Emissions from burning fossil fuels, cutting down forests, and agricultural practices aren’t the only things that control how high atmospheric CO2 will go in the future. There are also feedbacks in the Earth’s climate system, where warming temperatures cause the release of carbon into the atmosphere. One of these is the release of carbon from permafrost as it thaws and decays.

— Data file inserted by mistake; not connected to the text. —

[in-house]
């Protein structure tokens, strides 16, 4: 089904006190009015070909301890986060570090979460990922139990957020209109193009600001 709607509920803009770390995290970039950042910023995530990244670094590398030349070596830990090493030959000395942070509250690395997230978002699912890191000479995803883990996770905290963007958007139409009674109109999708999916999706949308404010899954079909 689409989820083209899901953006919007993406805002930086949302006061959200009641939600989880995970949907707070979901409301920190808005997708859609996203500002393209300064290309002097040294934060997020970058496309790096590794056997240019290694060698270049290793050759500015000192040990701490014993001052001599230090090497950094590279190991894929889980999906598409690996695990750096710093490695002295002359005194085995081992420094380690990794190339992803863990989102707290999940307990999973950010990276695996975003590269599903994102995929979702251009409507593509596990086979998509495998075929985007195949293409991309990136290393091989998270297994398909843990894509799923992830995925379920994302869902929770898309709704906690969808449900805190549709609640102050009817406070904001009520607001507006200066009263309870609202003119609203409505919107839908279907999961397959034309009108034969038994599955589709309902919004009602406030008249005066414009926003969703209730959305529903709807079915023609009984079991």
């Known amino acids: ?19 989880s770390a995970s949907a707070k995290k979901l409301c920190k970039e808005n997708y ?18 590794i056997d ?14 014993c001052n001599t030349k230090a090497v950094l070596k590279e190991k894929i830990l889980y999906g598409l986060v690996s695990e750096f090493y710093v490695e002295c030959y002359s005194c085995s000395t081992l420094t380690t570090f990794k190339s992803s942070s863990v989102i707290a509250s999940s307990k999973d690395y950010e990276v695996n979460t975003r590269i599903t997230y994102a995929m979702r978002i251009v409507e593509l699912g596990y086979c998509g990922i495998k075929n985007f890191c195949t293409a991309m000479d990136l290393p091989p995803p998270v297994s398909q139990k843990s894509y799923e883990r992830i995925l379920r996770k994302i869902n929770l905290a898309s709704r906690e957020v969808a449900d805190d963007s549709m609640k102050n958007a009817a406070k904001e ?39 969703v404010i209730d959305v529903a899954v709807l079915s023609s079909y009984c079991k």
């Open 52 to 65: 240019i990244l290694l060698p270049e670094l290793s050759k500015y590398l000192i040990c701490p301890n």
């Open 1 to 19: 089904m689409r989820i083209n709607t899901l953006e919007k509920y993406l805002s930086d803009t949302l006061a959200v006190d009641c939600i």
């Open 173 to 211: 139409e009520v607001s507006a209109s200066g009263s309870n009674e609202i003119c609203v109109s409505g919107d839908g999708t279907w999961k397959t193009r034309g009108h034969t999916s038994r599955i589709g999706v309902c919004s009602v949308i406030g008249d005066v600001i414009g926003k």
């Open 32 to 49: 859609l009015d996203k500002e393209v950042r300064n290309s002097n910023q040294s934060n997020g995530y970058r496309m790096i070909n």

Unlike emissions, which we can control through actions like retiring a coal-burning power plant, humans can only indirectly change the behavior of these feedbacks—the sooner we halt warming, the smaller their emissions will be. Figuring out exactly how much (and how fast) those feedbacks will emit is a major challenge for climate science.
A striking new study led by César Plaza works on the first step of this challenge: measuring how much carbon is being lost from permafrost right now.
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